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[GUEST POST] Julia Rios on The Origins of a Diverse YA SF and Fantasy Anthology

Julia Rios writes all sorts of things, hosts the Outer Alliance Podcast (celebrating QUILTBAG speculative fiction), and is one of the three fiction editors at Strange Horizons. Her fiction, articles, interviews, and poetry have appeared in Daily Science Fiction, Apex Magazine, Stone Telling, Jabberwocky, and several other places. She’s half-Mexican, but her (fairly dreadful) French is better than her Spanish.

Kaleidoscope: A Diverse YA SF and Fantasy Anthology

by Julia Rios

I’ve always been interested in promoting diversity in the SF field. I’m a bisexual woman of color, so in some ways, that’s a purely selfish drive. I want to see myself reflected in the stories I read. But it’s not limited to that; I also want everyone else to have the chance to see themselves, and I want to see stories about people who aren’t like me. This is why I am so excited about the book I am co-editing with Alisa Krasnostein.

Kaleidoscope is an anthology of diverse contemporary YA SF and fantasy stories. Our crowdfunding campaign ends in just under a week, and if we reach our funding goal, we’ll be able to get started on putting the book together. Of course, that’s a bit disingenuous–we’ve been working on this for over a year already.

In the winter of 2012, while she was doing errands in Western Australia, Alisa was listening to an episode of the Outer Alliance Podcast (which I host). It was a panel discussion about the lack of QUILTBAG characters in YA dystopian novels, and it made her wish there were more YA stories with QUILTBAG characters. She’s a World Fantasy Award-winning publisher, so she didn’t just sit there wishing in silence. Later that day, she e-mailed me. I read the message on a hot summer day in Massachusetts, and so our time and season-crossing collaboration began.

Since then we’ve had many Skype calls from one side of the world to the other, each of us getting up early or staying up late to be available to the other. Of course, as fans of the Coode Street Podcast will know, that’s hardly unheard of in the SF community. One of the coolest things about living right now is being able to have this sort of long distance working relationship. I don’t know how we could have done it 30 years ago. The world seems smaller now, somehow, and that’s one of the things we hope to show in Kaleidoscope. We want to share stories featuring all kinds of people with very different perspectives and lives, right next to each other in one book where the common threads are modern day teens, and science fiction and fantasy elements.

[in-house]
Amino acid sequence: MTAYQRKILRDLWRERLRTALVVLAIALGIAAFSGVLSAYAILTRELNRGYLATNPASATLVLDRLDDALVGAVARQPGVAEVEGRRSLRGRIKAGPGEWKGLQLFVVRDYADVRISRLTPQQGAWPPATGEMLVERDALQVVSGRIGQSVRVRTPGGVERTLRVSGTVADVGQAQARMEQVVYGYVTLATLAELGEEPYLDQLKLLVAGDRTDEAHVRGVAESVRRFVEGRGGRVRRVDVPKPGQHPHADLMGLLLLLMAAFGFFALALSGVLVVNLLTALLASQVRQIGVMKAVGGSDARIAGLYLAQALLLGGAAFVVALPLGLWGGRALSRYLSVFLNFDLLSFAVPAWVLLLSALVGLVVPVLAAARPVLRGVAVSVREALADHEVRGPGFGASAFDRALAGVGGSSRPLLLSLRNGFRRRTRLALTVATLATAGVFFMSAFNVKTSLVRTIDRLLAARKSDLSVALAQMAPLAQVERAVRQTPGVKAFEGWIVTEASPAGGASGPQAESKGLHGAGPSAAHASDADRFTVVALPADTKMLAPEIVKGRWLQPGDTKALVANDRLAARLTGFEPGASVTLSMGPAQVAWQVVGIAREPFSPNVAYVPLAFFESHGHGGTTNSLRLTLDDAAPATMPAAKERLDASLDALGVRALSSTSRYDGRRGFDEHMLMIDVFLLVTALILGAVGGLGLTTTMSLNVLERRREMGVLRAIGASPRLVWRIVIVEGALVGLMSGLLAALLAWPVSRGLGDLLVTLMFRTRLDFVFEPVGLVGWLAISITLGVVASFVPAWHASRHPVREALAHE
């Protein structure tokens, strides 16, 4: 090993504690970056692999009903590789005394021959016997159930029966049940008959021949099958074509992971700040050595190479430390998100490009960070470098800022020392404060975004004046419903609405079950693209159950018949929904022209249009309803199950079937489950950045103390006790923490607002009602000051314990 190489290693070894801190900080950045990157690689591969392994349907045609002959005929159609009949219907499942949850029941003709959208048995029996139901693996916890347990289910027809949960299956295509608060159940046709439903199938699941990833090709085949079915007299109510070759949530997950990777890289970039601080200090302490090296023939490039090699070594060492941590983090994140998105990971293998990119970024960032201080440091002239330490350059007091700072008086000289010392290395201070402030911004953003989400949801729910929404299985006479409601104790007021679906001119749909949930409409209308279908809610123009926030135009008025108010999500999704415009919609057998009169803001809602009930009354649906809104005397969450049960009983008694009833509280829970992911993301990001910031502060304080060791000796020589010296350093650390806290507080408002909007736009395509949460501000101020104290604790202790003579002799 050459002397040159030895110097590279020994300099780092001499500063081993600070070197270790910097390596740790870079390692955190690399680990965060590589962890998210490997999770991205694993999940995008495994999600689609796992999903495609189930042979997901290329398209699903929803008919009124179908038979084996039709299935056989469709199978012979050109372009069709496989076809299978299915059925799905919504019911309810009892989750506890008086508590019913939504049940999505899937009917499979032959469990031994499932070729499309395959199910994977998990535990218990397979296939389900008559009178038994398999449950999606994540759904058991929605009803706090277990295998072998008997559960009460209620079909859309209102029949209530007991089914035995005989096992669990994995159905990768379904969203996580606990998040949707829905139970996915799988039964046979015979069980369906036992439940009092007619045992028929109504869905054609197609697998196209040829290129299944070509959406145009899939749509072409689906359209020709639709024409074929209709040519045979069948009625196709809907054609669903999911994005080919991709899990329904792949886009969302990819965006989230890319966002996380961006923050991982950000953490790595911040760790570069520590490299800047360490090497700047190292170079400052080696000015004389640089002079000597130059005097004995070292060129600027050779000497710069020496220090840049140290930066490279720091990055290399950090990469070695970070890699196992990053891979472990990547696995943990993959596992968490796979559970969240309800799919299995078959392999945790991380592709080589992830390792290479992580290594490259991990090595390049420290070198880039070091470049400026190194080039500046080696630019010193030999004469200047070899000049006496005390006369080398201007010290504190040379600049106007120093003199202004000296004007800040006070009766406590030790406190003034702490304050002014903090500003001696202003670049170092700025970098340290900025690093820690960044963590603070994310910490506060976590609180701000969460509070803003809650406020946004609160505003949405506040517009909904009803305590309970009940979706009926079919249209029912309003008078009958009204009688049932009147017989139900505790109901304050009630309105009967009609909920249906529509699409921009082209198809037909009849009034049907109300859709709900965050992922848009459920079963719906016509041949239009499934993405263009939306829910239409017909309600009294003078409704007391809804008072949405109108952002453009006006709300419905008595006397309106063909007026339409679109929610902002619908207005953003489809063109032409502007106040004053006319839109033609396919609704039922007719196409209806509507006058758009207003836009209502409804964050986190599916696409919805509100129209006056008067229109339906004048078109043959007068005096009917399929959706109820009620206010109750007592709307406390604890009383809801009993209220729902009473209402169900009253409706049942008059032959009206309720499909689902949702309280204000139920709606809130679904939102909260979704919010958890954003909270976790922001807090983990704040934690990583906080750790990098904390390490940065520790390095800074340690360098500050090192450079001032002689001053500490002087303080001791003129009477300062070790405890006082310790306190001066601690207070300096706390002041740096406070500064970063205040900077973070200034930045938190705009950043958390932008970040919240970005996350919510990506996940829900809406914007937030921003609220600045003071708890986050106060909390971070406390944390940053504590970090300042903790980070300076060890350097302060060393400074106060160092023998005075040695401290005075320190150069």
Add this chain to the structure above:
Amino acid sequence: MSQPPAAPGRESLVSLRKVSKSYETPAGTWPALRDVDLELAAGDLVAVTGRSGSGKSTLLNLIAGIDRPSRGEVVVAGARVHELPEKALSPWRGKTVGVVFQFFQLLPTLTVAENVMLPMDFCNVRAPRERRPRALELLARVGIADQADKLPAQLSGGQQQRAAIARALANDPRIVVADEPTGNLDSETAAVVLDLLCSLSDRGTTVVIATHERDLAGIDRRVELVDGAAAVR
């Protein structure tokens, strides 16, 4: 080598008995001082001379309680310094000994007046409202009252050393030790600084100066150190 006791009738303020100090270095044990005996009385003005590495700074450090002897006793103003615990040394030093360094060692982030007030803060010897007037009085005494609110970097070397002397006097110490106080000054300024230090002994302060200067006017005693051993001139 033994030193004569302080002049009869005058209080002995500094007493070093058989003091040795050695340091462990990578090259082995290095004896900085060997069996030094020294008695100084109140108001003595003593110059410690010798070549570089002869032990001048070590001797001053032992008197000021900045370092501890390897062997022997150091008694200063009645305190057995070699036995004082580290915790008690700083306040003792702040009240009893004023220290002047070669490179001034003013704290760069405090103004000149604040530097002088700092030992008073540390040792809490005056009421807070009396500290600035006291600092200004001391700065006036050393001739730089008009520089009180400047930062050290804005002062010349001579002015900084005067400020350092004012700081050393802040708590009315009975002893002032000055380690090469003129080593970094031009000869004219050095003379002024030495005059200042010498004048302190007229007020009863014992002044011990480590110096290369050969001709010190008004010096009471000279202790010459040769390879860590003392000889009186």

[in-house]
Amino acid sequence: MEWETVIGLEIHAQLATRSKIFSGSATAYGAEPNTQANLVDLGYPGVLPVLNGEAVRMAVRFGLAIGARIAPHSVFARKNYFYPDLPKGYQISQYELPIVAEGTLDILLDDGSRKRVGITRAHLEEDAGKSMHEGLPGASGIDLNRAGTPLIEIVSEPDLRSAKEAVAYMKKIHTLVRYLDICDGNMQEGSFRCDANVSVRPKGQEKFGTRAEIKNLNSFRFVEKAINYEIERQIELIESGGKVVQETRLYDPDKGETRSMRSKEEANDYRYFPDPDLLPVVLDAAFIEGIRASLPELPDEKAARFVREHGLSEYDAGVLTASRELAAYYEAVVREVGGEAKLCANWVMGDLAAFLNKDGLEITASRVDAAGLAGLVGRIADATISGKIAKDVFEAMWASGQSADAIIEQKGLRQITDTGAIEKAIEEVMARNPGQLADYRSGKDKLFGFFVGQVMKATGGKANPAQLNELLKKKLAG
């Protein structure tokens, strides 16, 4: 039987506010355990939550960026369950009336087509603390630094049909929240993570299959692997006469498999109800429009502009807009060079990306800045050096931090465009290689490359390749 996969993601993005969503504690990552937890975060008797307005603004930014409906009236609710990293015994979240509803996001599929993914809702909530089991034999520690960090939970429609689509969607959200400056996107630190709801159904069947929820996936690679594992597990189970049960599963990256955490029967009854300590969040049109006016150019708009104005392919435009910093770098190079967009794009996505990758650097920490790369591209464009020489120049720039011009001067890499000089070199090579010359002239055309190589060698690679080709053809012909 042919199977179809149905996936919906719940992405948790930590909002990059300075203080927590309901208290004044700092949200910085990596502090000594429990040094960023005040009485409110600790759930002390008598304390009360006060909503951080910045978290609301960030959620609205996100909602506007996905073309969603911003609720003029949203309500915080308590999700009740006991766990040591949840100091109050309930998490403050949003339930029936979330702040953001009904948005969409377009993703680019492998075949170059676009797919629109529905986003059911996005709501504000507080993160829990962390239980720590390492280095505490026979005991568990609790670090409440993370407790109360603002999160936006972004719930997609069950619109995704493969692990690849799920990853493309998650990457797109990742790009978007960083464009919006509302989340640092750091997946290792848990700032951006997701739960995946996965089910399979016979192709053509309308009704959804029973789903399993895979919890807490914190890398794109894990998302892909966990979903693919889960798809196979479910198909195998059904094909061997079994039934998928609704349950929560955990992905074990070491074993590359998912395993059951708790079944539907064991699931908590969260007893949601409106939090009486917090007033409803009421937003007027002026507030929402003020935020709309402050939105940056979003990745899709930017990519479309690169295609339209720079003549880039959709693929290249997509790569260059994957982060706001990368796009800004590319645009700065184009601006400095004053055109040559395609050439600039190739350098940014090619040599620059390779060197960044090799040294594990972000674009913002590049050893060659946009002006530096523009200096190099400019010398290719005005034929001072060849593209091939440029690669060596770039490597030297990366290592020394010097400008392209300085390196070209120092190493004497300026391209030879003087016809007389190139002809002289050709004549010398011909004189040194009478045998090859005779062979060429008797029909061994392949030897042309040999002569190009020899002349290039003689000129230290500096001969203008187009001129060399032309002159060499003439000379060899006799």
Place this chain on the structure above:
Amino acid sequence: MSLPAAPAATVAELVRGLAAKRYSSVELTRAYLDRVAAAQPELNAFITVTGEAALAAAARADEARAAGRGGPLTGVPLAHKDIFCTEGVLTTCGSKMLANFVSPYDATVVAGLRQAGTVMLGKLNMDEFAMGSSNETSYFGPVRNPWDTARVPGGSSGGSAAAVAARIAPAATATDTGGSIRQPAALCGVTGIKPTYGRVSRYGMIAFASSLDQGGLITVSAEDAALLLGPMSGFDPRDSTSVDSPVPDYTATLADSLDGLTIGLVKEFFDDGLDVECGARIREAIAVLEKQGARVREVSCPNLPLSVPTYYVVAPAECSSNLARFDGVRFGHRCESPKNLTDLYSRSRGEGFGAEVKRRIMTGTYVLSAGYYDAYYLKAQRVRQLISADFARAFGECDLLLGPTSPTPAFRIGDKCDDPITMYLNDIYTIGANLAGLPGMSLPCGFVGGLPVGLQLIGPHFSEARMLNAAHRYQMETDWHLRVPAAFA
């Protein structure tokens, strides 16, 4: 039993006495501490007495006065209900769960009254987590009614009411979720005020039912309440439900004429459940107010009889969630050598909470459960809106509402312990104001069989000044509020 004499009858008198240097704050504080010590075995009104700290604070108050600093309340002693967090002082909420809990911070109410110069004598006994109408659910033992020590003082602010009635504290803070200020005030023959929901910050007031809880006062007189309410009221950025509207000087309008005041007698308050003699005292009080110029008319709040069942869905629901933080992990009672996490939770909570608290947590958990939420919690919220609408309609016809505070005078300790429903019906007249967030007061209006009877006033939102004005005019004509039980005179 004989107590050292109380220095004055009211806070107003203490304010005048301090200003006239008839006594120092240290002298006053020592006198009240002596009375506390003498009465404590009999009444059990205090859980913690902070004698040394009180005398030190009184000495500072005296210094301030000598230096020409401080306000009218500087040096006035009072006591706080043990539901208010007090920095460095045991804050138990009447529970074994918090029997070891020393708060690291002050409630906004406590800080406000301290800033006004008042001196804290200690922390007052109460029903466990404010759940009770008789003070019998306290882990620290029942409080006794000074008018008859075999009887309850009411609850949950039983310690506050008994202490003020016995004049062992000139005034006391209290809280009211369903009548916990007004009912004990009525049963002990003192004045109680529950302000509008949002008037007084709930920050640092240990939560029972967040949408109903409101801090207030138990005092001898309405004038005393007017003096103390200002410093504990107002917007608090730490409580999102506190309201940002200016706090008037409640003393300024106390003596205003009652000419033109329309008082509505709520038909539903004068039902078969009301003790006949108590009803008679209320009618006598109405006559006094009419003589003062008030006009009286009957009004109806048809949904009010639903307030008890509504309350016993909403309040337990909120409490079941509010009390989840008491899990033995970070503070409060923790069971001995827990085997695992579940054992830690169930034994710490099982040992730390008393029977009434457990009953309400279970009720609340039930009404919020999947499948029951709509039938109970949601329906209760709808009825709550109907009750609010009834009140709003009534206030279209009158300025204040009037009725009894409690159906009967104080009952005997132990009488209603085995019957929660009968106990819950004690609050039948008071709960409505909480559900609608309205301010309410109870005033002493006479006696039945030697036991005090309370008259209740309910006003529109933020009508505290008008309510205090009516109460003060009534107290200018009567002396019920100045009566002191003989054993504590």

We started out just thinking we wanted contemporary fantasy. We settled on that because we wanted stories that felt recognizably modern, not set in a different world, or in the distant past, or far in the future. We acquired wonderful stories by Sofia Samatar, Ken Liu, Vylar Kaftan, and Jim Hines. These stories are beautiful, fun, heartbreaking, and adventurous. We love them all, and we can’t wait to share them with you.

Genre-wise, we thought we’d picked contemporary fantasy and that was that, until we had the sudden realization that science fiction can be contemporary, too. We believe in allowing for growth and change, so when this hit us, in the middle of our fundraising campaign, we rolled with it. We announced just the other day that we’re also open science fiction. We even bought another story to prove it. Our first SF piece is by Sean Williams. It involves teleportation and urban legends, and it is awesome.

We’re not limiting this book to authors who have already established themselves in the field, though. We’re also reaching out to anyone anywhere who might have a story to share. Our full guidelines will be posted on the Kaleidoscope website as soon as we have $7,000 in pledges, but I can tell you right now that we look forward to reading all your stories featuring modern teens who are people of color, neurodiverse, mentally ill, disabled, from non-western cultures, and QUILTBAG identified. We want to delight in their adventures, be awed by their magic, and geek out over their tech.

If you’re a writer, or know someone else who is, spread the word about our call. If you’re a reader, like us, and if you want to see these stories for yourself, please back Kaleidoscope today!

1 Comment on [GUEST POST] Julia Rios on The Origins of a Diverse YA SF and Fantasy Anthology

  1. I support the goals and mission of Kaleidoscope and hope it will be funded.

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